‘Touching the Void’: Would you cut the rope to survive?

The book by British climber Joe Simpson about his efforts to save Simon Yates on their 1985 descent of Siula Grande raises important questions for the reader

Joe Simpson (I) and Simon Yates at the base camp of Siula Grande.
Joe Simpson (I) and Simon Yates at the base camp of Siula Grande.

No piece of fiction can compete with the real-life drama of the mountain adventure shared by Joe Simpson in his book Touching the Void. This is not a book review. With or without spoilers (there are some), the reason why his story deserves to be read is that, by the end of it, the reader will inexorably be faced with many questions – the answers to which they will not be able to hide from.

In 1985, two young British climbers who knew each other by sight decided to climb the Peruvian Andes. Joe Simpson, the elder climber, was 25 years old, and his partner Simon Yates was just 22. With more courage than hands-on experience, the two made a first ascent of the West Face of Siula Grande mountain (6,334 meters) via an extremely technical route. When they reached the summit, the bad weather that had held them so much during the ascent, closed in on them severely, turning their descent down the northernmost arête into more of a high-stakes getaway than a simple return to civilization.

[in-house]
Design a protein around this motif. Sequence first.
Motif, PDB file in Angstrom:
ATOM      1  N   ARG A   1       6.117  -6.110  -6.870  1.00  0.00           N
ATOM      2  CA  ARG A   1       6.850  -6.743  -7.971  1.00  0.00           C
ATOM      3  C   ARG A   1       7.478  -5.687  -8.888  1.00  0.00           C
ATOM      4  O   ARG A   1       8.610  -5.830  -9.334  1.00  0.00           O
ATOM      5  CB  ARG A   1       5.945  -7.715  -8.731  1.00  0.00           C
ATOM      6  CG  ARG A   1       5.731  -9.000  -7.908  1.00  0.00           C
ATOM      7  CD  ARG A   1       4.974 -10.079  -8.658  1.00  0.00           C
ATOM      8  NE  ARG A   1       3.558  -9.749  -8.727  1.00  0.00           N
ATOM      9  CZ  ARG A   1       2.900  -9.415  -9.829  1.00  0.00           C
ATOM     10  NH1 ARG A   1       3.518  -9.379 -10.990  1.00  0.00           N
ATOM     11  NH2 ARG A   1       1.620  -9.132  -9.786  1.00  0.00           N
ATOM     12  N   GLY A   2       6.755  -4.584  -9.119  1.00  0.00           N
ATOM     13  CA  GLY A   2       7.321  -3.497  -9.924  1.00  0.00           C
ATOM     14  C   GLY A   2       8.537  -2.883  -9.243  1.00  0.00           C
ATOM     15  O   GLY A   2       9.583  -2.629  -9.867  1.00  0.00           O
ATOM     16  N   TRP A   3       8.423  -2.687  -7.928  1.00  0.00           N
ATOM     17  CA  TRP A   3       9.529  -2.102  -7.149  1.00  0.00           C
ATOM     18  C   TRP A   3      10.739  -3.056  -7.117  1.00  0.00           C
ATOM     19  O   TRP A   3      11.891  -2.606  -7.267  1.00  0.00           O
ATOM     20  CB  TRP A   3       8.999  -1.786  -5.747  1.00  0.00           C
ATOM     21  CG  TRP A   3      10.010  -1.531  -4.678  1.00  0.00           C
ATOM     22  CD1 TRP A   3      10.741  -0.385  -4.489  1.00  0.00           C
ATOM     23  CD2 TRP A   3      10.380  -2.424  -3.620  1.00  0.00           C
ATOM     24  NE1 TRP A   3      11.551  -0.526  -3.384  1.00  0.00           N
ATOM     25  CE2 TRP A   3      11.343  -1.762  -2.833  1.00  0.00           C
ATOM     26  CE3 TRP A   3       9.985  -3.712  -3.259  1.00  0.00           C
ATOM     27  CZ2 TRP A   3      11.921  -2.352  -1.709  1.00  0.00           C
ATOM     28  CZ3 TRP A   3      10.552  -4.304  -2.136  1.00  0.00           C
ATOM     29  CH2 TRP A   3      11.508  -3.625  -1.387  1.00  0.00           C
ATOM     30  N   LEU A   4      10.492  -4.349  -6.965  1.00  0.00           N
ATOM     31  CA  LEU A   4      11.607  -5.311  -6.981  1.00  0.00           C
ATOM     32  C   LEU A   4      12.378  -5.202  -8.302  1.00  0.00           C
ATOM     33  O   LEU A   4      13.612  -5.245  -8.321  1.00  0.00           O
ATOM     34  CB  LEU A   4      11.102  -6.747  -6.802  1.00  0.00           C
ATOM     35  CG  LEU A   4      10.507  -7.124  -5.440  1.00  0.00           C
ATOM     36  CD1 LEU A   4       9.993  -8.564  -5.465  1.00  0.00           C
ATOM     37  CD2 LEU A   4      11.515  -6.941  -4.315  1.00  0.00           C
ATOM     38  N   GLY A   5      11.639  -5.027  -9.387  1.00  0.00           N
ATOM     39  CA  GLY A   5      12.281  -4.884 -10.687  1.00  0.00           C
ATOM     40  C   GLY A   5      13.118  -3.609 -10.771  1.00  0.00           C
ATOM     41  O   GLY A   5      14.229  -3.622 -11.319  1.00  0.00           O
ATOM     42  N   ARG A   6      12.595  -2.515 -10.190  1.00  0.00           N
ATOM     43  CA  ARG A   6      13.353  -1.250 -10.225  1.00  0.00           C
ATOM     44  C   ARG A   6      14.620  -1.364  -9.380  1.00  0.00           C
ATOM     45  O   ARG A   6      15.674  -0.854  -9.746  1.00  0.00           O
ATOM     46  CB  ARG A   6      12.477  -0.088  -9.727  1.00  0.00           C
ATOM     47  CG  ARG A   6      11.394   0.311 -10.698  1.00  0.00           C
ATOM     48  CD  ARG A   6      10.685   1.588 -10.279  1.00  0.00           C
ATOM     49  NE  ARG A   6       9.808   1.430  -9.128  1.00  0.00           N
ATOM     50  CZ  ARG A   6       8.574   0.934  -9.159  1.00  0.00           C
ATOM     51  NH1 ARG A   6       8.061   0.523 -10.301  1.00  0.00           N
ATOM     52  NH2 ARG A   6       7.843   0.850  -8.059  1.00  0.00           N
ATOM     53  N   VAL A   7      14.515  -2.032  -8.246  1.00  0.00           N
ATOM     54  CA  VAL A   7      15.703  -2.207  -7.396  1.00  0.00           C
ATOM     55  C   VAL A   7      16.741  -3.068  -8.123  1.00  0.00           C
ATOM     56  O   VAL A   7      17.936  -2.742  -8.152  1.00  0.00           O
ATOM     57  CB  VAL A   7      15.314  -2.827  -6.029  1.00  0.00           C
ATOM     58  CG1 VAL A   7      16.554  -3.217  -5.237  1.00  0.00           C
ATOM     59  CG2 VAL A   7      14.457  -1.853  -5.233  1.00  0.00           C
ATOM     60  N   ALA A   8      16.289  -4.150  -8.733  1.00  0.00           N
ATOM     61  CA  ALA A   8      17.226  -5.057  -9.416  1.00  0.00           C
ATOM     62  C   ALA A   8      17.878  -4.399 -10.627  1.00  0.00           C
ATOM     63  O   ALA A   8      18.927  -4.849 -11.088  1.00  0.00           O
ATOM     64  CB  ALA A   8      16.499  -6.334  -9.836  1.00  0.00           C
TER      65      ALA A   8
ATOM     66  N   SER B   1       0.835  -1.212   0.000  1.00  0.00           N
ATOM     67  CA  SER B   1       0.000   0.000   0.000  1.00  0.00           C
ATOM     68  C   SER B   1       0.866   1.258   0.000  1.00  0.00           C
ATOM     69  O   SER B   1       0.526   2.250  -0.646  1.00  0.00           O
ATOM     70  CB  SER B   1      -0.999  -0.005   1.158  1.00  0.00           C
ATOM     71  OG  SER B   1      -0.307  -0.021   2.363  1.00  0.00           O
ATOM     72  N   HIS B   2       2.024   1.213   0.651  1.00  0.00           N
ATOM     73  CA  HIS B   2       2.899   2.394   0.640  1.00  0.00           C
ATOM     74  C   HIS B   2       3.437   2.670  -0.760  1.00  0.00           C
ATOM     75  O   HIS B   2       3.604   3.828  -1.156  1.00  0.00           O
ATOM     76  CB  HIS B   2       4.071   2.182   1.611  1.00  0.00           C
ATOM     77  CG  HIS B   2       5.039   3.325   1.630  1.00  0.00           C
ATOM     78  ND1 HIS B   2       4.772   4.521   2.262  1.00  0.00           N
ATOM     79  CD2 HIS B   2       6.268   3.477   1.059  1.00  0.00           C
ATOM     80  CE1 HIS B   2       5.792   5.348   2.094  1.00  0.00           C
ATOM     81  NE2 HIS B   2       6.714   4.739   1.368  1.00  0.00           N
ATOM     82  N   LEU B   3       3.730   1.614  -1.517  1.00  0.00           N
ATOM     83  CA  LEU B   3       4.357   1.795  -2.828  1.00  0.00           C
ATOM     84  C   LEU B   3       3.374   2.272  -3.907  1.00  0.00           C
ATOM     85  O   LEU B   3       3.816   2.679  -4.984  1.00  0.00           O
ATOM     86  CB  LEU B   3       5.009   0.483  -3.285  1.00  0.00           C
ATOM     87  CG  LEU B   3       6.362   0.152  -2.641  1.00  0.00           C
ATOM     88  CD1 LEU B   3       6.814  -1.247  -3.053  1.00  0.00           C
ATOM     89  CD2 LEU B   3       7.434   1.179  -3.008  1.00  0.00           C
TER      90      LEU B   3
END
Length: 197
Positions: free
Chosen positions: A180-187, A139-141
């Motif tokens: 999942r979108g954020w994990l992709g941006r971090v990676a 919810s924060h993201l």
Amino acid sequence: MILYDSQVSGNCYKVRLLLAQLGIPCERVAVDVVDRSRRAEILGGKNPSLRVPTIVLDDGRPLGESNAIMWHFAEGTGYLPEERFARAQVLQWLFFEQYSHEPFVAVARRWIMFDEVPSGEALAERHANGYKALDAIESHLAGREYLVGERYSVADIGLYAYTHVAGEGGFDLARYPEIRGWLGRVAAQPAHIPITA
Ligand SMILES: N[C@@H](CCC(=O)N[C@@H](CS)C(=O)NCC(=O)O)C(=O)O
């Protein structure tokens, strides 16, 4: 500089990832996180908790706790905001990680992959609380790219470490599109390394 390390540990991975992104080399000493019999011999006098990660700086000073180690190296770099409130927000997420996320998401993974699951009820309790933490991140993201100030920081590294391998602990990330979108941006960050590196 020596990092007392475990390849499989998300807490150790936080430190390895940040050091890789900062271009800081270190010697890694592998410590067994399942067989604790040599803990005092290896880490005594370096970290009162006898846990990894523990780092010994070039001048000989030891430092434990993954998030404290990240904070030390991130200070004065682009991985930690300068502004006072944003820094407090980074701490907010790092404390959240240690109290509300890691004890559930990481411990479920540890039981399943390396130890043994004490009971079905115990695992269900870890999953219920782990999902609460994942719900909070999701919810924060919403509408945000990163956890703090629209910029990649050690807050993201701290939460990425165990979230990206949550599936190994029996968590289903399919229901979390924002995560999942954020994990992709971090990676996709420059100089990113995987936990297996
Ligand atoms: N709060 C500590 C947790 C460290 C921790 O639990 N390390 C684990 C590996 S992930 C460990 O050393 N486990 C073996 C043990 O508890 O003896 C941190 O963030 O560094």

In their rush, Simpson slipped, fell and broke a tibia: staying alive no longer depended on him, but rather the empathy of Yates. They were not friends, just climbing partners by chance; the relationship was only made to quench their thirst for adventure. Yates could have left Simpson up there; he could have promised to return with help and flee to save his life. But he didn’t do that. Simpson would have died and Yates would have survived. At that moment, they were condemned to perish together or wait for a miracle to be saved. Pragmatic and a touch phlegmatic, Yates offered to help. This moment would lead to a series of events that would change his life. Simpson would never forget looking at Yates and seeing in his eyes his resolve to help him.

In the world of mountaineering, the relationship between climbing partners is sacred. Its value is a recurring theme in classic literature that extols the magic of solidarity, teamwork, camaraderie and commitment that is formed naturally when two people are connected by a rope. How can one not admire the partnerships formed by climbing legends Lionel Terray and Louis Lachenal, Chris Bonington and Doug Scott, and Reinhold Messner and Peter Habeler? The partnership is a defense of ethical values, of a certain courage in the face of possible success and the shadow of disgrace. If Yates did not abandon Simpson it was because he could not have lived with himself, being so young and with all of his future ahead of him.

With zero visibility and Simpson unable to walk, Yates decided to ease his partner down with the support of two 50-meter ropes they were carrying. He tied them to one another to have 100 meters in length, and then tied one end of the rope to himself and the other to Simpson’s harness. Standing firm in the snow, Yates lowered Simpson down over the frozen edge, using a braking system that allowed him to control the speed of his descent.